Police and prosecutor's office: No idea about Peeter Helme leak source ({{contentCtrl.commentsTotal}})

PPA badge (picture is illustrative).
PPA badge (picture is illustrative). Source: PPA

Neither the Police and Border Guard Board (PPA) nor the prosecutor's office have any idea of the source of a leak which led to an article in investigative weekly Eesti Ekspress on Thursday, which said that former Postimees editor-in-chief Peeter Helme had been under investigation for allegedly enticing a minor online. Both authorities say only a small group of people had access to the information about the investigation, which saw Helme detained in late November, adding that the source of the leak was not one of their personnel.

PPA: Only select individuals involved in investigation

Raul Vahtra, head of the PPA's internal control office, told ERR Thursday that PPA personnel had checked all the logs in the authority's various information systems, which would have enabled identifying who from the PPA's staff had accessed the records.

"The current inspection has revealed nothing to suggest that the information was used illegally or leaked," said Vahtra, who added that only a select group of people were involved in the investigation of the case.

"Safeguarding measures were followed very carefully, to ensure this information would not be disclosed to anyone who had no need to know it. This also concerns other colleagues. Criminal investigation records should not be disclosed, something which should only be done with the permission of the prosecutor, including within the authority (i.e. the PPA-ed.)," Vahtra said.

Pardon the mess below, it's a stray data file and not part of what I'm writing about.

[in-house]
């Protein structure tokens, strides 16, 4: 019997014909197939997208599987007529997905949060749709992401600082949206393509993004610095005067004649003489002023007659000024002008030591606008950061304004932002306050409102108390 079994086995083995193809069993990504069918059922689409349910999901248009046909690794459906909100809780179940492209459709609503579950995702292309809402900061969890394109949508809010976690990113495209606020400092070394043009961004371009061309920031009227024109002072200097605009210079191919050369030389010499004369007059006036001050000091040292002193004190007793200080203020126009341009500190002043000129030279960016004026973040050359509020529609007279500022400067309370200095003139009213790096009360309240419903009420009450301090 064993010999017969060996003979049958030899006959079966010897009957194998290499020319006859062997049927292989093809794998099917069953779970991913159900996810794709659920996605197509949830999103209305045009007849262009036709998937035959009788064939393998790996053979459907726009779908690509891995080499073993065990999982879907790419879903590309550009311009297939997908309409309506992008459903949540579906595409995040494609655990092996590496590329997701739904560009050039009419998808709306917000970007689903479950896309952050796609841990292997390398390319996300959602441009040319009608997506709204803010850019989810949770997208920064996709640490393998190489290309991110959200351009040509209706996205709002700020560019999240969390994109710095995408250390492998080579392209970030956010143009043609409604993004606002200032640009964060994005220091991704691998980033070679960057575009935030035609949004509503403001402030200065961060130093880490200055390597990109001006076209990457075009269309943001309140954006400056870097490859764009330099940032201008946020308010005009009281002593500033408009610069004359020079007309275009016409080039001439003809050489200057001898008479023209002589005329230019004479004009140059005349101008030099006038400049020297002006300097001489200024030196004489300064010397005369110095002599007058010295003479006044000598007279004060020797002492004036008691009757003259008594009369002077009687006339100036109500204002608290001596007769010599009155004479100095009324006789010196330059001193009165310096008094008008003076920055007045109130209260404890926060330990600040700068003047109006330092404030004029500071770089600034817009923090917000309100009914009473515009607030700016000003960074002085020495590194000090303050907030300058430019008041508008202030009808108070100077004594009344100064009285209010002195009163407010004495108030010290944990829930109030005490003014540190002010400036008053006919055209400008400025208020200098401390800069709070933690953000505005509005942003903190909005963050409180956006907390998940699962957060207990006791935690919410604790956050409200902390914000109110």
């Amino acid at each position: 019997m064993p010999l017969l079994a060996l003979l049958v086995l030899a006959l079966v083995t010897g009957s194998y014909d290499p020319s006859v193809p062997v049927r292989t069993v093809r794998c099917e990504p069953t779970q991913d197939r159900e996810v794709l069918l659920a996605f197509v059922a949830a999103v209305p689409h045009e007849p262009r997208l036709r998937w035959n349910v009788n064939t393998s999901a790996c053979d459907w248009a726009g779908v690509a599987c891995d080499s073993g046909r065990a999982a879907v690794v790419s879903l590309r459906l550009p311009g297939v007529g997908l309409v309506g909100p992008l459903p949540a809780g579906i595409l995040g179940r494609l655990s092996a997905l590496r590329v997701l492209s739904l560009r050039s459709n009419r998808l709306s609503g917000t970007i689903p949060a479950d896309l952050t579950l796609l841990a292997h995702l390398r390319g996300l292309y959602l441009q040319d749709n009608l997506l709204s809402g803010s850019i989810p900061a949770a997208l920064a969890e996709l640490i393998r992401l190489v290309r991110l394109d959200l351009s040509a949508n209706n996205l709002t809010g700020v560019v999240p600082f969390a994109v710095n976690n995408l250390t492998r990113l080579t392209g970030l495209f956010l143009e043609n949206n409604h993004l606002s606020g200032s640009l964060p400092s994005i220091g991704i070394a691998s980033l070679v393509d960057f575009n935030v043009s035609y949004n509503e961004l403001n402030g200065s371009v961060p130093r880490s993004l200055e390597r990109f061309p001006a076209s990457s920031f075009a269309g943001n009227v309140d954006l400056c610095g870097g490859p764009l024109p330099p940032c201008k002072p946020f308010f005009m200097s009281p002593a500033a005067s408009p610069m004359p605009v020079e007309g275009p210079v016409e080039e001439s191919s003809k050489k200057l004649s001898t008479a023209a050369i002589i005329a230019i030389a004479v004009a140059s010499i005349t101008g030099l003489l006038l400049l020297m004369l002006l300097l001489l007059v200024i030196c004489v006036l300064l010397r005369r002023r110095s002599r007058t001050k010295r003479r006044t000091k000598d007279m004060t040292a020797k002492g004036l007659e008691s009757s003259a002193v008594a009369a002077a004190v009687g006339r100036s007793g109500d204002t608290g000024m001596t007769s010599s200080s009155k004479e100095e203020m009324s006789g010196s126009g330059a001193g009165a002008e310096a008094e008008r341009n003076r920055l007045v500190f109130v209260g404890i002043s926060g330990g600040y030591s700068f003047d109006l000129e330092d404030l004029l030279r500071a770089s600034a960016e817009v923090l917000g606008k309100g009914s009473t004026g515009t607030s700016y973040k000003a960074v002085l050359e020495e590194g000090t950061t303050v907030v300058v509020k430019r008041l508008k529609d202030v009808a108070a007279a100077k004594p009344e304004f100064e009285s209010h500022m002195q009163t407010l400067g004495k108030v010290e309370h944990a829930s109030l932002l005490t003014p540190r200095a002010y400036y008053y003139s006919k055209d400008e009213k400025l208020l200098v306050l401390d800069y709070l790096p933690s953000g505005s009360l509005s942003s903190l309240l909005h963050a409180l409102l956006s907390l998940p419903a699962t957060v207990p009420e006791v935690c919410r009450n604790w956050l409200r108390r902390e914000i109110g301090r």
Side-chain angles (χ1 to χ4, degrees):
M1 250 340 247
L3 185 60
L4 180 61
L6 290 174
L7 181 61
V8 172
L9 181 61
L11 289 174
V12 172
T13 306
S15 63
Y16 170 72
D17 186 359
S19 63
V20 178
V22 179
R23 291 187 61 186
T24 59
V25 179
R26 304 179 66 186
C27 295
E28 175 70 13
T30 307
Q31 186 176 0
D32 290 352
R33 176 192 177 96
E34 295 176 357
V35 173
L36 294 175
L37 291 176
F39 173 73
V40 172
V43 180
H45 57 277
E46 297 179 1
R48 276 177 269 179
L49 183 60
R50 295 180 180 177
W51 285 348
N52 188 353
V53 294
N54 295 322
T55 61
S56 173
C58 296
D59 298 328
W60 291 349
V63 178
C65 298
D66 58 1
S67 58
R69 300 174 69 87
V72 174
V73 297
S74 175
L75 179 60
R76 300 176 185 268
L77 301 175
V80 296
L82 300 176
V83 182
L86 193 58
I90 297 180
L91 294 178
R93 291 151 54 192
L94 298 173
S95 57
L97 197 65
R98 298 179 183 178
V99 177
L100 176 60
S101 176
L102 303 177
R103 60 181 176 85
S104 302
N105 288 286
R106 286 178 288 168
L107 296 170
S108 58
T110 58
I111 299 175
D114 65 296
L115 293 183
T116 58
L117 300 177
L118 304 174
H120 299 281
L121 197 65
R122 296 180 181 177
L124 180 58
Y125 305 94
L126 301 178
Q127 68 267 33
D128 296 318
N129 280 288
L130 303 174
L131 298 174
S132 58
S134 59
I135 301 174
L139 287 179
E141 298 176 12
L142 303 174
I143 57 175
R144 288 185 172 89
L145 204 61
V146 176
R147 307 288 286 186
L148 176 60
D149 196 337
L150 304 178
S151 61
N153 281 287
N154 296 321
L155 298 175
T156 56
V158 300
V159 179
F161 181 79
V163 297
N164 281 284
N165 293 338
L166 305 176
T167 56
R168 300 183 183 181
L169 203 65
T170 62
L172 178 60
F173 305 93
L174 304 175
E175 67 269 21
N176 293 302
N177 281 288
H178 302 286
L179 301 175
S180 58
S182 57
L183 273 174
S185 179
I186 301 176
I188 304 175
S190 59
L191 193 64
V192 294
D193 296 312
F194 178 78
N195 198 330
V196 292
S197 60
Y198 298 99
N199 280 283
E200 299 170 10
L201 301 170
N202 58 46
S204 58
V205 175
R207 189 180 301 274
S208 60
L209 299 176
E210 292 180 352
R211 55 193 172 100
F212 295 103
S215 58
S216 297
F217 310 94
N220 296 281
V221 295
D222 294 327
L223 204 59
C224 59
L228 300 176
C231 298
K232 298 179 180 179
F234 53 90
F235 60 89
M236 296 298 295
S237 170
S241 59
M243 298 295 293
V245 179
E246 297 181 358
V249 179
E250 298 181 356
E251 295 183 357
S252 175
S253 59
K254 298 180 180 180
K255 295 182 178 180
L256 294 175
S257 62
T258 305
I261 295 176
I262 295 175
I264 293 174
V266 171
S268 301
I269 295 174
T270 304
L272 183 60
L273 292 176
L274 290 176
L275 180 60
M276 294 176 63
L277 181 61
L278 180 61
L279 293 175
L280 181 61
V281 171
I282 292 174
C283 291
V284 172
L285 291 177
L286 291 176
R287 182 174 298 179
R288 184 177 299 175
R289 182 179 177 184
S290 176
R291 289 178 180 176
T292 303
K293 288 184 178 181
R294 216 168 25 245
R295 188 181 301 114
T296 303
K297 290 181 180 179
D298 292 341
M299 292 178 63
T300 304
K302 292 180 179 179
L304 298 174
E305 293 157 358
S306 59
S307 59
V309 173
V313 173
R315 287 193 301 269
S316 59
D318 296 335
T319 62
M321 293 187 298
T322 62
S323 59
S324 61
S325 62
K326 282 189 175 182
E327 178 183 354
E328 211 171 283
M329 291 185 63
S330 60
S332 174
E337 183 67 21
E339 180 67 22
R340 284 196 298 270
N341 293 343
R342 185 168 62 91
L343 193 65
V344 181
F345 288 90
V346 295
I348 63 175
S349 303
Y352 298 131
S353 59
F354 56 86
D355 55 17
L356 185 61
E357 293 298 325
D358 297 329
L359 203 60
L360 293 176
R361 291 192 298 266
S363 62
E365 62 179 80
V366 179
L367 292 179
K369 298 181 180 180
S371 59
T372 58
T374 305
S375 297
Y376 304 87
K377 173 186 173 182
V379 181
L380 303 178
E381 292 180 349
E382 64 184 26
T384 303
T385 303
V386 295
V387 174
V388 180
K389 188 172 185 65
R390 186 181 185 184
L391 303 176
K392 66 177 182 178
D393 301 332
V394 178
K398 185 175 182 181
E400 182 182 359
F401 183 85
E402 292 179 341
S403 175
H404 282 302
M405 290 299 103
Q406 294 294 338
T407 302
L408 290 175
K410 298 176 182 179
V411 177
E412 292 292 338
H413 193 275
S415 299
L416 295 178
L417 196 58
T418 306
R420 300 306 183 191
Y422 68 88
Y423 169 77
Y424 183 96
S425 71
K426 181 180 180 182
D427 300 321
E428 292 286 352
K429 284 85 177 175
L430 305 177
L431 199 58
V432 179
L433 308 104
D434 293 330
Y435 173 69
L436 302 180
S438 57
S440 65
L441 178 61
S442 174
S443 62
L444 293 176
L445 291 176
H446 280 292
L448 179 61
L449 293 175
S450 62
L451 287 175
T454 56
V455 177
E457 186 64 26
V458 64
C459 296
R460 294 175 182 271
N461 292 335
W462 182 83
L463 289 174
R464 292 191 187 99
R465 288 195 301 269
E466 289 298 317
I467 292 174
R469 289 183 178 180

Vaahtra also noted that the prohibition extended to private conversation.

Prosecutor's office also says unaware of any leaks

Dilaila Nahkur-Tammiksaar, chief public prosecutor with the prosecutor's office supervision department, also told ERR that the office has no information about any such leak, and that every instance of a leak would result in internal audits.

"It is surprising and reprehensible for us that, prior to a public hearing, criminal investigation records and personal information get made public, which is what happened this time. As always, we have taken this case very seriously," said Dilaila Nahkur-Tammiksaar.

When asked if Peeter Helme had been truthful in his comments to the media on the matter, Dilaila Nahkur-Tammiksaar said: "The prosecution does not comment on the details of any criminal proceedings and the current state of play. The proceedings are in their initial stages, making it inappropriate to do so."

Eesti Ekspress article

According to weekly Eesti Ekspress, Helme, who stepped down as Postimees editor-in-chief in early November, was detained in late November and released 20 hours later.

Helme denied the allegations, commenting to Eesti Ekspress that he had visited an online chatroom and thought that he had been engaging with an adult, given a regular user of the site in question has no way of verifying their interlocutor's age, he said.

Helme also said he was cooperating fully with the investigation.

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Editor: Andrew Whyte

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